Pronounced: tuh-RET SIN-drohm
by Laurie Rosenblum, MPH
Tourette syndrome (TS) is a chronic disorder of the nervous system. It is a type of tic disorder that includes both motor and vocal tics. These tics are rapid, involuntary movements or sounds that occur repeatedly.
Many people with TS also have one or more of the following problems:
The exact cause of TS is unknown. However, brain chemicals called dopamine and serotonin are most likely involved.
There may be a genetic link to TS, although some have no known family history.
Males are 3-4 times more likely to be affected. Other factors that may increase your chance of TS include:
Tics are the main symptoms of TS. To be TS, the tics must be involuntary and:
Tics will usually happen daily, range from mild-to-severe, and change in type over time. They can occur suddenly and vary in the amount of time that they last. Tics may temporarily decrease with concentration or distraction. During times of stress and tension, they may occur more often.
Tics are divided into motor and vocal. The following are some common examples:
Tics may occur throughout life, but symptoms may improve during later teen years.
You will be asked about your symptoms and medical history. A physical exam will be done.
The diagnosis of TS is usually made by the symptoms alone. Your doctor may order tests to rule out other medical conditions as the cause of the tics.
Talk with your doctor about the best treatment plan for you. Education and therapy are usually parts of the treatment plan. In some cases, medications may be needed.
Education and Therapy
Learning about TS is a very important part of treatment. Education can also be helpful for your family, friends, and coworkers.
Therapy can also help you develop habits to help manage tics or other related symptoms. Types of therapy include:
In addition, relaxation, biofeedback, and exercise can help to reduce stress.
Medication is not required in most cases. No medication works in all people with TS. If a doctor prescribes medication, there are usually strong side effects.
Medications that may be prescribed include:
There are no current guidelines to prevent TS.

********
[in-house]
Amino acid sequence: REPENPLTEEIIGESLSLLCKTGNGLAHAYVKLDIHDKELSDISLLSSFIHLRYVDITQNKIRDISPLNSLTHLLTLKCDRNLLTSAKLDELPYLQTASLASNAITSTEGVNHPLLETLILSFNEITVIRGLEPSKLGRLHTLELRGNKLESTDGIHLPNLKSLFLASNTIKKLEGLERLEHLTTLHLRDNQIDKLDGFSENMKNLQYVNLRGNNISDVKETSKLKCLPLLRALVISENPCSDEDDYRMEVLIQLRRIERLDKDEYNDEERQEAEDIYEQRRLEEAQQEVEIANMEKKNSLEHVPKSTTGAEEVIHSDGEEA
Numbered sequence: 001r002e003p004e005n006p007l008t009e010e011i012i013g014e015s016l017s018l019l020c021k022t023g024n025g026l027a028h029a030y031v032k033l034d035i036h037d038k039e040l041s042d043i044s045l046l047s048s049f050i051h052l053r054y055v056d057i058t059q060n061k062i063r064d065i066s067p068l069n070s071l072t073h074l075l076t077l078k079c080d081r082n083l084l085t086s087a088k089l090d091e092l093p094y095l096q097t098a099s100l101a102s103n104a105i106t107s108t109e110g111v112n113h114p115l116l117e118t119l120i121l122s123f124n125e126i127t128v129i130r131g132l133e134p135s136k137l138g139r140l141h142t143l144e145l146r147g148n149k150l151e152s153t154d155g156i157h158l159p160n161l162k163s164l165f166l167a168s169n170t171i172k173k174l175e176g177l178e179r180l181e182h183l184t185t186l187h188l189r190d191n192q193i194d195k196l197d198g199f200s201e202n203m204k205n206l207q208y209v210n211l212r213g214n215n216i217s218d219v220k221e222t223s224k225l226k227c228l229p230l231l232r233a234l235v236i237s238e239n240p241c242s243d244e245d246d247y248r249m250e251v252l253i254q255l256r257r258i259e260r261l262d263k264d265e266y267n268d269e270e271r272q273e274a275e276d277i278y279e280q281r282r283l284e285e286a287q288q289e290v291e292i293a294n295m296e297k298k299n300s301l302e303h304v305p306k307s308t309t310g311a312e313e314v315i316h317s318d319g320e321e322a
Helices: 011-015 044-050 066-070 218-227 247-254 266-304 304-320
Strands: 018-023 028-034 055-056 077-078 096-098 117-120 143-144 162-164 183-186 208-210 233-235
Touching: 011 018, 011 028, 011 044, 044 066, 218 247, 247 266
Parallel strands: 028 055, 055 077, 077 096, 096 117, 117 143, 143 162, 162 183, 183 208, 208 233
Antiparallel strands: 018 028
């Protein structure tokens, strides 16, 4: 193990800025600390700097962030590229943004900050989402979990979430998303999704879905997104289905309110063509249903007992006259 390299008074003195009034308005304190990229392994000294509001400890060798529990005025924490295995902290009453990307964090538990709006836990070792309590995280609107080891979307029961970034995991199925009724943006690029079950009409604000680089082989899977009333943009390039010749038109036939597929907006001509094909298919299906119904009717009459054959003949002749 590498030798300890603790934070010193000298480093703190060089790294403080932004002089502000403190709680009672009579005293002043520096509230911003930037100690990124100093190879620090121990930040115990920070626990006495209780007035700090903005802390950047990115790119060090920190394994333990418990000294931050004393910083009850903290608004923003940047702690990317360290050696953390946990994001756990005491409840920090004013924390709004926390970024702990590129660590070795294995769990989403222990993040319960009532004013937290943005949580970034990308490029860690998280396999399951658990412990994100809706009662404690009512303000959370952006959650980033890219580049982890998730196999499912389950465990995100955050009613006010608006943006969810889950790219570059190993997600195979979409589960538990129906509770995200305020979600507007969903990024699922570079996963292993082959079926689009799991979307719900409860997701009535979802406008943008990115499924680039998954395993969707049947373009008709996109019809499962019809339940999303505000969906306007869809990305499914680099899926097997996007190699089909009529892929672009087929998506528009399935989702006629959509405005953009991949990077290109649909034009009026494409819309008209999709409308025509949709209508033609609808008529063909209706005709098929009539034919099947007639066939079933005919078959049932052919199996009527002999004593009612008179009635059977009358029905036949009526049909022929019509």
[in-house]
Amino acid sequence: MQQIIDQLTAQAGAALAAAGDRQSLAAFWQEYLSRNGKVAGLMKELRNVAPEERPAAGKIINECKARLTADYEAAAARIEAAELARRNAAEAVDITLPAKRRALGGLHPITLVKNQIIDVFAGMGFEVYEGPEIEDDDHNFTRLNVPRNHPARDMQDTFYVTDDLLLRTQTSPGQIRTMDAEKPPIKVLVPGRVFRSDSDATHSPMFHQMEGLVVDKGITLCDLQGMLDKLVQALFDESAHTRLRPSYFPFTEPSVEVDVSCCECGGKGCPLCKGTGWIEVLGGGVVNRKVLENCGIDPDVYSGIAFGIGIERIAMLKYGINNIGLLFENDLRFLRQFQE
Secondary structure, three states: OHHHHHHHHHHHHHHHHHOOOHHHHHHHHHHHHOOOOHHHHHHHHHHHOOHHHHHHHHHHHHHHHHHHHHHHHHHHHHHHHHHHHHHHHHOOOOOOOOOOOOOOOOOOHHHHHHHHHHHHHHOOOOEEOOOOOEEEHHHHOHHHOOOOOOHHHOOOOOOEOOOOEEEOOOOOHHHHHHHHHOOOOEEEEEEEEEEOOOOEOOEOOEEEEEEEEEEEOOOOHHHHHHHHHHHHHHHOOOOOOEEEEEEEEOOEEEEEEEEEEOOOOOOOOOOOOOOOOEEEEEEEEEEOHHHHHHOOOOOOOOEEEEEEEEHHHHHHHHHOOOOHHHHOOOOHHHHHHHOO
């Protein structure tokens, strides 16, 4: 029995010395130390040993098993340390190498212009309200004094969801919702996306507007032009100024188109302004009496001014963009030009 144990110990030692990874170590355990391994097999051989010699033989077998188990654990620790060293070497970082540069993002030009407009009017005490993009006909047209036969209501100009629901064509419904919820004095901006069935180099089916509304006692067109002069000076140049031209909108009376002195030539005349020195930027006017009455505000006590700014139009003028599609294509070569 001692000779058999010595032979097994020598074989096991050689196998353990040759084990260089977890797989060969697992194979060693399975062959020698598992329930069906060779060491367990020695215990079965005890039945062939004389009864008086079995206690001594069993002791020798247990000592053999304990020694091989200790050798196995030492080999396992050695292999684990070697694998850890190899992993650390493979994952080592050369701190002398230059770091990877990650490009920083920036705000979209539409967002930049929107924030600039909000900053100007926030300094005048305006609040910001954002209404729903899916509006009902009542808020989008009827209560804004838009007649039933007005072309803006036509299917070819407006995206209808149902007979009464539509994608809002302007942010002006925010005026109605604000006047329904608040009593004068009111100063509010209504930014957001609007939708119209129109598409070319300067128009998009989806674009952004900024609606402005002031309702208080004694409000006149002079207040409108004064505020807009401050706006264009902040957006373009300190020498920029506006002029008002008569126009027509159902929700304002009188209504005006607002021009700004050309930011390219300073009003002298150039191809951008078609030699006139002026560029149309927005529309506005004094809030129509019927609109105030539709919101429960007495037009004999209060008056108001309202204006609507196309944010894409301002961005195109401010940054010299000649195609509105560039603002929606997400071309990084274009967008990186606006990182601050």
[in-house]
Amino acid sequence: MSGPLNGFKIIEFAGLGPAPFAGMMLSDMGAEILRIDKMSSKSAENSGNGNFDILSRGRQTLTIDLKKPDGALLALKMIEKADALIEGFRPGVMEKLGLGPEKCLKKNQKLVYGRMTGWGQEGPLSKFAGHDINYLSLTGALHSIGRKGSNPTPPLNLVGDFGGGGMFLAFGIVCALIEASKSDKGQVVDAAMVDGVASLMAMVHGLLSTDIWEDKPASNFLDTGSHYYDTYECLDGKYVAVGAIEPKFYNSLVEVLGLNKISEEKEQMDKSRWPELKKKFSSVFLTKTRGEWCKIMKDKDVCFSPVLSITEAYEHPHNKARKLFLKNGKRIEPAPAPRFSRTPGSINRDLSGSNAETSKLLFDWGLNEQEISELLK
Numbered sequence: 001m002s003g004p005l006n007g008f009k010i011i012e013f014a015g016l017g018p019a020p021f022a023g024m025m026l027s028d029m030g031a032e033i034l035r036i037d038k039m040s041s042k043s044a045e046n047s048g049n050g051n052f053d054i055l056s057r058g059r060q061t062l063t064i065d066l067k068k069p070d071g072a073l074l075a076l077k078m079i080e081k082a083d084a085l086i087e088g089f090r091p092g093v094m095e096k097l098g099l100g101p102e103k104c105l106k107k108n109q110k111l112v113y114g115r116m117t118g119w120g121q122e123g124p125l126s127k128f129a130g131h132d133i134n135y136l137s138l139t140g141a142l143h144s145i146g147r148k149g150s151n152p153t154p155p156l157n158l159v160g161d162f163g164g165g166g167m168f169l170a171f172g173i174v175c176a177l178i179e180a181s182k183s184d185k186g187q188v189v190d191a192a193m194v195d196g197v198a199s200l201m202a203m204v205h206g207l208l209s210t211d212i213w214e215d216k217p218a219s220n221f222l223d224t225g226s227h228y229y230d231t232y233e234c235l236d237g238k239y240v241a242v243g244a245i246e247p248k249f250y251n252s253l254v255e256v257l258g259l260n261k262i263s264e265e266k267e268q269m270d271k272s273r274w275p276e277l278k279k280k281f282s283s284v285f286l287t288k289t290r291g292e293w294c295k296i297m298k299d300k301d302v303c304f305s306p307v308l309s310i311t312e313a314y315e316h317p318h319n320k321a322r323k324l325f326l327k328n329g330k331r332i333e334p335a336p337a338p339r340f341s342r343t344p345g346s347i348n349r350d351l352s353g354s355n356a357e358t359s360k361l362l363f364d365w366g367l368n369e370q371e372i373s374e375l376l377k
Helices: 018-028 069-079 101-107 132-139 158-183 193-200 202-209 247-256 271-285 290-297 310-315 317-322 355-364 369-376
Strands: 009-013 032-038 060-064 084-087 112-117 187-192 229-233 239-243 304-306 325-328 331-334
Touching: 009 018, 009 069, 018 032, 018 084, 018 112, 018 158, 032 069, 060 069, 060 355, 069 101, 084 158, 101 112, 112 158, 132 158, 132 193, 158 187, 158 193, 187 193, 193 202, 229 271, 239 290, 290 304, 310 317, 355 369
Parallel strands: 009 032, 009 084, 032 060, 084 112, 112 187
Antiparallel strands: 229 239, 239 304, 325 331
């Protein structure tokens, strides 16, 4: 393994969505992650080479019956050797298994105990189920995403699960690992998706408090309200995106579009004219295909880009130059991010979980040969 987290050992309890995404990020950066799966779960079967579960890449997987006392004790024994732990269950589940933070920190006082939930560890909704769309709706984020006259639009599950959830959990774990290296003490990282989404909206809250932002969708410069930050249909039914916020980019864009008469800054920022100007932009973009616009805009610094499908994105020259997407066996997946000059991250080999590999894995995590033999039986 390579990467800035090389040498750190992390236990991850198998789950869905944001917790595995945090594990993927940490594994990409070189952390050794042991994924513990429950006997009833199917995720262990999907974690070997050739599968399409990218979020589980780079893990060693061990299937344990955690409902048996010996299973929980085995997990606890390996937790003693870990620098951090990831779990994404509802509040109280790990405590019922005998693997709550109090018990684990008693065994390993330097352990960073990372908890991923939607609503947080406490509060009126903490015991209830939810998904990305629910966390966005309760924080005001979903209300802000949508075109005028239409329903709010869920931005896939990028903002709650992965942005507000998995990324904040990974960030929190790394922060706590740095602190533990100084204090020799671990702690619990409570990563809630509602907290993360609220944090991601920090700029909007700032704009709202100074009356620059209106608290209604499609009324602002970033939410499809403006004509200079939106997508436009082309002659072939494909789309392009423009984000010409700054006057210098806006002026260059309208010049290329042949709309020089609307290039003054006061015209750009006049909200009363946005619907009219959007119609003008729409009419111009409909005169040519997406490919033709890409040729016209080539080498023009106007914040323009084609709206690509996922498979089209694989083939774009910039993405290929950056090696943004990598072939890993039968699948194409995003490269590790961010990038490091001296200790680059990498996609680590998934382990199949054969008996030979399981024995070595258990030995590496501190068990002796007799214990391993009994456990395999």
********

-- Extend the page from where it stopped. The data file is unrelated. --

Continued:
National Institute of Neurological Disorders and Stroke
Tourette Syndrome Association
About Kids Health—The Hospital for Sick Children
Tourette Syndrome Foundation of Canada
NINDS Tourette syndrome fact sheet. National Institute of Neurological Disorders and Stroke website. Available at: https://www.ninds.nih.gov/Disorders/Patient-Caregiver-Education/Fact-Sheets/Tourette-Syndrome-Fact-Sheet. Updated February 12, 2018. Accessed February 15, 2018.
Tourette syndrome. EBSCO DynaMed Plus website. Available at: http://www.dynamed.com/topics/dmp~AN~T114495/Tourette-syndrome . Updated January 10, 2018. Accessed February 15, 2018.
Last reviewed March 2018 by EBSCO Medical Review Board Rimas Lukas, MD
Last Updated: 5/6/2014
EBSCO Information Services is fully accredited by URAC. URAC is an independent, nonprofit health care accrediting organization dedicated to promoting health care quality through accreditation, certification and commendation.
This content is reviewed regularly and is updated when new and relevant evidence is made available. This information is neither intended nor implied to be a substitute for professional medical advice. Always seek the advice of your physician or other qualified health provider prior to starting any new treatment or with questions regarding a medical condition.
To send comments or feedback to our Editorial Team regarding the content please email us at firstname.lastname@example.org. Our Health Library Support team will respond to your email request within 2 business days.